As Sanders turned upfield, he appeared well-covered by Butler. But then another old habit that’s been hard for Butler to break appeared. He lost track of the ball once it took flight. Sanders slapped on the brakes and high-pointed the football while Butler watched, helplessly flat-footed. Chalk up another 23-yard gain.

“I would just say he underthrew it and I got pushed by,” said Butler. “I probably burst because I was expected the ball to come too. You just got to play it the best way you can. Things happen. He just made a great play. I was in good position but not good enough.”

Sanders caught one more pass on the drive, and should have had a touchdown in the second quarter, streaking past Butler toward the end zone. But Osweiler made a terrible throw, unable to even keep it in the field of play. Hence another field goal instead of a touchdown. Bullet dodged - and there were a few.

“You can’t win with three all day,” said Butler of the defense’s red-zone efficiency. “They’re very hard on us on protecting the red area and not giving up touchdowns in the red area. Bend but don’t break. That’s been the motto.”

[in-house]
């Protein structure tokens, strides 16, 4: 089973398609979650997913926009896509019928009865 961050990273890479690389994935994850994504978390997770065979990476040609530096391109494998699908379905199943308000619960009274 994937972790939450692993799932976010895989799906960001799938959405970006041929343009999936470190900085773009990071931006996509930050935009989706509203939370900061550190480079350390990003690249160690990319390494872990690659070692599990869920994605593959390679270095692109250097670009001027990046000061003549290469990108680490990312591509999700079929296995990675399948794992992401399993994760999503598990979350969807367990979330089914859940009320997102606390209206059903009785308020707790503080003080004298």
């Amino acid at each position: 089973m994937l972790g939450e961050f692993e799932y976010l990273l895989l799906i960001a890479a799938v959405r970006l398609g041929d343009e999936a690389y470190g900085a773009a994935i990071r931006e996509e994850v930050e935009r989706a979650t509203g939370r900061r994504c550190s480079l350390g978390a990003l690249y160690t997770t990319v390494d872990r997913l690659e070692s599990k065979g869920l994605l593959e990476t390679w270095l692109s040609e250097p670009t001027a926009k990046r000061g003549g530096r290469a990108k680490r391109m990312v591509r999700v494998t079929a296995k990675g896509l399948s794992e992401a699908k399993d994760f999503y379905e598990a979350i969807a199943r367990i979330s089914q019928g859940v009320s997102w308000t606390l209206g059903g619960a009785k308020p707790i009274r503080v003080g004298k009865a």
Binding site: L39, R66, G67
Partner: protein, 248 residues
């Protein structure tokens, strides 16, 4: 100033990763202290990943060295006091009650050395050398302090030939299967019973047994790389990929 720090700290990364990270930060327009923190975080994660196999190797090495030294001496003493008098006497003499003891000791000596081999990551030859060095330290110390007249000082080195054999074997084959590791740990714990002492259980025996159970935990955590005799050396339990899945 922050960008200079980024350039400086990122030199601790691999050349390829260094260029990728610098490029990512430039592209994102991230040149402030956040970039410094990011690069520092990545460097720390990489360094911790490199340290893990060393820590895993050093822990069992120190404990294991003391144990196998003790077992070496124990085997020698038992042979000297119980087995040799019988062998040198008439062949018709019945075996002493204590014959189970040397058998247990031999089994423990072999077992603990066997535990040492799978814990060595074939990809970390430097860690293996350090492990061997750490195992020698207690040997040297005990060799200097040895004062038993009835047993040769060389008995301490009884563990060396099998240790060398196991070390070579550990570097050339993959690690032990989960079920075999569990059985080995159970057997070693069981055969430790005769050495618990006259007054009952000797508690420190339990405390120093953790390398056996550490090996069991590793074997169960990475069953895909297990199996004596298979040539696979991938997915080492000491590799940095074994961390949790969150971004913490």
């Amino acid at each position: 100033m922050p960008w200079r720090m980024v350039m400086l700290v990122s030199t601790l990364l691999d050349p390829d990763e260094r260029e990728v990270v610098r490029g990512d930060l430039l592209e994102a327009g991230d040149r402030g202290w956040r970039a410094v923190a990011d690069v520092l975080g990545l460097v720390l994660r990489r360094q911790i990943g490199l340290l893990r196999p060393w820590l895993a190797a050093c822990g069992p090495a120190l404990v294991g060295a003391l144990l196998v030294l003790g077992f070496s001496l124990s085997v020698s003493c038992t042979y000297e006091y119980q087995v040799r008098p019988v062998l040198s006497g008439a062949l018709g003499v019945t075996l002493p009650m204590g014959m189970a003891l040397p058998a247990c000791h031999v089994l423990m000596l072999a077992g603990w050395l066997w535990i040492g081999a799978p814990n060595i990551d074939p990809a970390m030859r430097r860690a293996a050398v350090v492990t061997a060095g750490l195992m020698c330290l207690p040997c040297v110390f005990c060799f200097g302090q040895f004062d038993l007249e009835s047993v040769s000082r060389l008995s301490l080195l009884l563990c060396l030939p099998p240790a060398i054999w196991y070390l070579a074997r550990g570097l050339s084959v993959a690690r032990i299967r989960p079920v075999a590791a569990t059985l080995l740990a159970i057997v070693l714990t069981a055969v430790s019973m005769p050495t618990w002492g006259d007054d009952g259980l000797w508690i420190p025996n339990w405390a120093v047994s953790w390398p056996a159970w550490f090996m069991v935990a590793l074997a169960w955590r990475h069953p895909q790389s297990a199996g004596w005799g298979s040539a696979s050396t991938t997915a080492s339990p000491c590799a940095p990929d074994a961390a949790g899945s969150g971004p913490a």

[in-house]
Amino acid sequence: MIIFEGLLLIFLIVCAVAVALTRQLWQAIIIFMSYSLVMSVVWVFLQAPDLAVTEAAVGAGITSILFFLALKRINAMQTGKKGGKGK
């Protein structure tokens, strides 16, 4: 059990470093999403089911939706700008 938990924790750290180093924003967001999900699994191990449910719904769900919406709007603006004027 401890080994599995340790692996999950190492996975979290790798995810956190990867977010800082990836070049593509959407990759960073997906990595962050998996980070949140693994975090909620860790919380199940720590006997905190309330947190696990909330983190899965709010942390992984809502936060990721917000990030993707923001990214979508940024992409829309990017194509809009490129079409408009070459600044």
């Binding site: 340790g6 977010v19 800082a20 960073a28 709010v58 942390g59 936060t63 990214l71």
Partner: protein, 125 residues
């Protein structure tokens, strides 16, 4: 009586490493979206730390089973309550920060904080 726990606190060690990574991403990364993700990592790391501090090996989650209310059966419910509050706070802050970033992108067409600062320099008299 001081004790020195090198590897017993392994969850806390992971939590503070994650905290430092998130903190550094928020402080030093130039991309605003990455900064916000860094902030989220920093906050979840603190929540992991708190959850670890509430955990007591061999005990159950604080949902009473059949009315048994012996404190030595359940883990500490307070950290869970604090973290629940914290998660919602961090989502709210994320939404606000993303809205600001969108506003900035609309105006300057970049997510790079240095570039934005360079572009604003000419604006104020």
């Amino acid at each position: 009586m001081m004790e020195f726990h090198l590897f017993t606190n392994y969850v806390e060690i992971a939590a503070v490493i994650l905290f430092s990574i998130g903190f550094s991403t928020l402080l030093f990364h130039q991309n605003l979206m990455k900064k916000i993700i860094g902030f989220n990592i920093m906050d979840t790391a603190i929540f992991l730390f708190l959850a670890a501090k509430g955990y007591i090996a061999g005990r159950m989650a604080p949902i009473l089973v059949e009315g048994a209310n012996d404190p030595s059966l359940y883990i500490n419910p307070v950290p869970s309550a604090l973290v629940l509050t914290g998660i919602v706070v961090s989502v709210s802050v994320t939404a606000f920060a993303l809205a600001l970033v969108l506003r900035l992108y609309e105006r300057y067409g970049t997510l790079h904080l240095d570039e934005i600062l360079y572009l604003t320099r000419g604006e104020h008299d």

The Patriots would break later and Sanders beating Butler was a part of it. The play coming about five minutes into the third quarter on Denver's only TD-scoring drive. The Broncos came out in trips, employing a bunch formation that had plagued the Patriots so often the first month of the season. Unlike then, the Pats handled communication perfectly and as Sanders worked toward the seam, Butler had good position and help toward the post, with safety Duron Harmon eyeballing Sanders the entire way. So did Butler do? He gave up outside leverage, with Sanders breaking hard to the flag. Butler’s footwork was a mess - he got spun around like he was auditioning for "Dancing With the Stars" - and was unable to recover until Sanders had picked up another 23 yards.

“Another good route,” said Butler. “He got me thinking inside and broke out. He’s a good player. A great receiver.”

There’s no denying Sanders’ talent, but Butler has got to be better and more consistent. He’s too often been lost in coverage or gotten caught gambling, eyeballing a big play that’s rarely come in 2017. With their issues up front, it’s the Pats secondary that’s going to have to lead the way. The corners have only occasionally played to the level expected of them. The clock is ticking. Thanksgiving is right around the corner and if you’ve heard it once, you’ve heard it a thousand times: this is when the Patriots want to be playing their best football. About time Butler answered the call.